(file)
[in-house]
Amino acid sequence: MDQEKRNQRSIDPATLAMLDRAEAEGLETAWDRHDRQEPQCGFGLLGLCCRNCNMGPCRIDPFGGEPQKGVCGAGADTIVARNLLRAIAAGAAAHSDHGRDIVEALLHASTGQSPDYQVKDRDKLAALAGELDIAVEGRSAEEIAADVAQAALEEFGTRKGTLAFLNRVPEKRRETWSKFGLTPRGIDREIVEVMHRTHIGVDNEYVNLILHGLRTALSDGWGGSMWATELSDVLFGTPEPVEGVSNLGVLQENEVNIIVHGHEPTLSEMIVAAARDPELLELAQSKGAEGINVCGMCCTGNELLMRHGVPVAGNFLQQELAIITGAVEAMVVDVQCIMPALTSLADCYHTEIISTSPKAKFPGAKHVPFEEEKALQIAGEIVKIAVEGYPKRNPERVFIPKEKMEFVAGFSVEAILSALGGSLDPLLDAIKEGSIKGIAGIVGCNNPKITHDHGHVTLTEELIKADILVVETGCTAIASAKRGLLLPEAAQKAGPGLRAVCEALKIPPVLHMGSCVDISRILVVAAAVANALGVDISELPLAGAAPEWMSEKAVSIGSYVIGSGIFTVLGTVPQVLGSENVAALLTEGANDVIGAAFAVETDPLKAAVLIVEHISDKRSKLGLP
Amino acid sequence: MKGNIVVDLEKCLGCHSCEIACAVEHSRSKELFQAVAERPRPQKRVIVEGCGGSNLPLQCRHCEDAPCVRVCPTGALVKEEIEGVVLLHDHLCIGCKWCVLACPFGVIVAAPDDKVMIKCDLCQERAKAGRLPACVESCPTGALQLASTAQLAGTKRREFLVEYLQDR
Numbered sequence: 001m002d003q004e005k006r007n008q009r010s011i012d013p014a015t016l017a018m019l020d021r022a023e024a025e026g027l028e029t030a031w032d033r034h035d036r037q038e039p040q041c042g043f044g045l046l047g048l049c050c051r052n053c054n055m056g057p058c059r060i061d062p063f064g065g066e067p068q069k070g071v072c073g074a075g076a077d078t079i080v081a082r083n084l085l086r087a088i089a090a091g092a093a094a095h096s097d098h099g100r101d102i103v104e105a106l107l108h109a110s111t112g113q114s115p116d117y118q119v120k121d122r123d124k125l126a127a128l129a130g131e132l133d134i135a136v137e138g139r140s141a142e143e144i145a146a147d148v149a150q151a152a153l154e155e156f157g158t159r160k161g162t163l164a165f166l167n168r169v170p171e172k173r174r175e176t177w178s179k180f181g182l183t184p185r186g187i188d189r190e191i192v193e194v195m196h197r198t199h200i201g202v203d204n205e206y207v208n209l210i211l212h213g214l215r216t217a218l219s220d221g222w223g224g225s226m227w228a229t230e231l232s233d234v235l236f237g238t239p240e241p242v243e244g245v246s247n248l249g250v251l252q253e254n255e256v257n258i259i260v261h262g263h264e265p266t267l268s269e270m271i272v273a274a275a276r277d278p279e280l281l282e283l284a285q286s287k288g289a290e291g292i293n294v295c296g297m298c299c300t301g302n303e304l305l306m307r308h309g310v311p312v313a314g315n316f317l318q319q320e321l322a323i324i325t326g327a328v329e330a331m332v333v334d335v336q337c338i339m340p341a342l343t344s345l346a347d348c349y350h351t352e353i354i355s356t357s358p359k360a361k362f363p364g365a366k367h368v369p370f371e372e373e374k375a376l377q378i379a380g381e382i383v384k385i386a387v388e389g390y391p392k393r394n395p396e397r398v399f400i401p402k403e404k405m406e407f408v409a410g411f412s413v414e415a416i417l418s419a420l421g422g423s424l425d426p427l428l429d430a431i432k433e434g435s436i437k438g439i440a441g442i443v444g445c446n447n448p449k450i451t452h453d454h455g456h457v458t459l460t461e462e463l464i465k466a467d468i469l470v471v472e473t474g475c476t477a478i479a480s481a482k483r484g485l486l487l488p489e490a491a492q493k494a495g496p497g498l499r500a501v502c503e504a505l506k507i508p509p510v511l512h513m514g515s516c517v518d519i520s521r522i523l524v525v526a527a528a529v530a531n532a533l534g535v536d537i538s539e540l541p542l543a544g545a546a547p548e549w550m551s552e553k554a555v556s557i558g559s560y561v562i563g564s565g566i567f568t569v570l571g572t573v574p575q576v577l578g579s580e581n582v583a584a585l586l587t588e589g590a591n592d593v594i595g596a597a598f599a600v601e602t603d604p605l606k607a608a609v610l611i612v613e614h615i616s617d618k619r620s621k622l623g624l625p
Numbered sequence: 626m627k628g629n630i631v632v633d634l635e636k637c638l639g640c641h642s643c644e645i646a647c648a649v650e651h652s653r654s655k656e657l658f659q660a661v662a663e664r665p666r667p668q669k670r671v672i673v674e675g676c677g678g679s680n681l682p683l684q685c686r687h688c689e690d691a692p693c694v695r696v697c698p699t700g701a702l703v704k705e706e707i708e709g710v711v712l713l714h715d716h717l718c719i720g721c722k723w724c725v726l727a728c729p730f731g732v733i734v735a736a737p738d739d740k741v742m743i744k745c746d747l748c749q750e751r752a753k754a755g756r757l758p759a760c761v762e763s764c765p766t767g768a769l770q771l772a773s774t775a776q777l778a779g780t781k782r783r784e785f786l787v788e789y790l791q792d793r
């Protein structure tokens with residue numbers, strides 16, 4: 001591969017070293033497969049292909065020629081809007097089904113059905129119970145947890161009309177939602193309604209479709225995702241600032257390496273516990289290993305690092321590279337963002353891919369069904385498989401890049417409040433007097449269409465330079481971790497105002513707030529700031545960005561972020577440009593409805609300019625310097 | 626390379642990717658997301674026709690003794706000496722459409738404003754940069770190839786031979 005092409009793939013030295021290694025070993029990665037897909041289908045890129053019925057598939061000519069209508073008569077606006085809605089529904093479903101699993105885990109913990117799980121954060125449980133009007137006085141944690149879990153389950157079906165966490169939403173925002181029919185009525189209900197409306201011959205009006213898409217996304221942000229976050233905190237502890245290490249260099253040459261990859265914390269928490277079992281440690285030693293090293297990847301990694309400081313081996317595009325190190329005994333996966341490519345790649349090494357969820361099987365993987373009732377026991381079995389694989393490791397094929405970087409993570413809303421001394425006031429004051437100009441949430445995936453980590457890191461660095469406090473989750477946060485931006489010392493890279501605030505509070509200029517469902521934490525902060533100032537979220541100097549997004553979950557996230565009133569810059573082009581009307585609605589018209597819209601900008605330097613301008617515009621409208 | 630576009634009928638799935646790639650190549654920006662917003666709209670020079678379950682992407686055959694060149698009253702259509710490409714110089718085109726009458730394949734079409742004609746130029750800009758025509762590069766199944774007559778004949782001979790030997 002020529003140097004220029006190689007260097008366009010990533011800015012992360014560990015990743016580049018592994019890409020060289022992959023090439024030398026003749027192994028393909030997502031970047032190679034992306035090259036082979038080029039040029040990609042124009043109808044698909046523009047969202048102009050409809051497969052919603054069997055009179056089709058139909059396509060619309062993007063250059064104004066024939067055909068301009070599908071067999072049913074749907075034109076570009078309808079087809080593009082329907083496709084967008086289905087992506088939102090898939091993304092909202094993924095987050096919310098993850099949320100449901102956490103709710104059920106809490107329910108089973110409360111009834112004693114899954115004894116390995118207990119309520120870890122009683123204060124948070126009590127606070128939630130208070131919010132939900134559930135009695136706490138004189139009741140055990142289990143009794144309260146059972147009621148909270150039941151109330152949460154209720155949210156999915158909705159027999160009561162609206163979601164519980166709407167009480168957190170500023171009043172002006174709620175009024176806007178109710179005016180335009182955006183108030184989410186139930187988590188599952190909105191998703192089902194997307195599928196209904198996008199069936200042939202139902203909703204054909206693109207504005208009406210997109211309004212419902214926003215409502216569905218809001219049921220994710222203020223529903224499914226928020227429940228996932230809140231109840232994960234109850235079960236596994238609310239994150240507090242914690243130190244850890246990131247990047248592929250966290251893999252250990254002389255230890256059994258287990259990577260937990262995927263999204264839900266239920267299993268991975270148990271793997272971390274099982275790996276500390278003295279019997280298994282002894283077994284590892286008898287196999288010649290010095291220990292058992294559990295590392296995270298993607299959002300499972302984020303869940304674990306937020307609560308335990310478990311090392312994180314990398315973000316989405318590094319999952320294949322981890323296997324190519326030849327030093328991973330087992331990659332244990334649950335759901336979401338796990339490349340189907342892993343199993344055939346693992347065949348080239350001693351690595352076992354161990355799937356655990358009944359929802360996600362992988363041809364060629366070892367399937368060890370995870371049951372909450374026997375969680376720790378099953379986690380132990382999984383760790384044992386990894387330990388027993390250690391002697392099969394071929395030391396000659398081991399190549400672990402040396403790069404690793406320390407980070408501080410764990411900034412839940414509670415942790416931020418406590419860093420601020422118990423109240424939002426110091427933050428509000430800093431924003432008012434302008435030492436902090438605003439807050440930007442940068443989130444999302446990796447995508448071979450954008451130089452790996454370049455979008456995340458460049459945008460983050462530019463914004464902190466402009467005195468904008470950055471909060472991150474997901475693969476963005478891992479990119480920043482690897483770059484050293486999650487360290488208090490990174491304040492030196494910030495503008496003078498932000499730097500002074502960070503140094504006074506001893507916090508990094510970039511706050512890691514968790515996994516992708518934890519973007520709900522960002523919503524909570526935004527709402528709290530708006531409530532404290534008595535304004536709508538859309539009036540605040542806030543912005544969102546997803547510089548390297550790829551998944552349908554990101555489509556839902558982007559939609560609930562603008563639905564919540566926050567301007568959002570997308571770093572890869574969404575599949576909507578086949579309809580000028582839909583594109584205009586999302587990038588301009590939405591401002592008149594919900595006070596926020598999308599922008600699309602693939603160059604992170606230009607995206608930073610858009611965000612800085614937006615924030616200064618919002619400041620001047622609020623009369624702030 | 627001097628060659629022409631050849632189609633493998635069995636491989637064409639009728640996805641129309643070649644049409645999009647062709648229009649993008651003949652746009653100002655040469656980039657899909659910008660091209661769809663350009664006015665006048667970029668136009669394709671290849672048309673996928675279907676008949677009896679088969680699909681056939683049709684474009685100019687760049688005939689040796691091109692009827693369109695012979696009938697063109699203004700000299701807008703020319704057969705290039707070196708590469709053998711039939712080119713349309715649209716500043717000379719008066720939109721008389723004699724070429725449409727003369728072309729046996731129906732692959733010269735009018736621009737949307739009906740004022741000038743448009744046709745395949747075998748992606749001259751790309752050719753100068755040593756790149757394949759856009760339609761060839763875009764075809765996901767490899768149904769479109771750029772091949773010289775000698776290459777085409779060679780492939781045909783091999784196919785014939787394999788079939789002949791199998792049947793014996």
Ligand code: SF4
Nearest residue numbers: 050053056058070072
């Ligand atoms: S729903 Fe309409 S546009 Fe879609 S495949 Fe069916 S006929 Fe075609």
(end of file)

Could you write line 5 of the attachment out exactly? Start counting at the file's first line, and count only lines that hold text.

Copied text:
Numbered sequence: 626m627k628g629n630i631v632v633d634l635e636k637c638l639g640c641h642s643c644e645i646a647c648a649v650e651h652s653r654s655k656e657l658f659q660a661v662a663e664r665p666r667p668q669k670r671v672i673v674e675g676c677g678g679s680n681l682p683l684q685c686r687h688c689e690d691a692p693c694v695r696v697c698p699t700g701a702l703v704k705e706e707i708e709g710v711v712l713l714h715d716h717l718c719i720g721c722k723w724c725v726l727a728c729p730f731g732v733i734v735a736a737p738d739d740k741v742m743i744k745c746d747l748c749q750e751r752a753k754a755g756r757l758p759a760c761v762e763s764c765p766t767g768a769l770q771l772a773s774t775a776q777l778a779g780t781k782r783r784e785f786l787v788e789y790l791q792d793r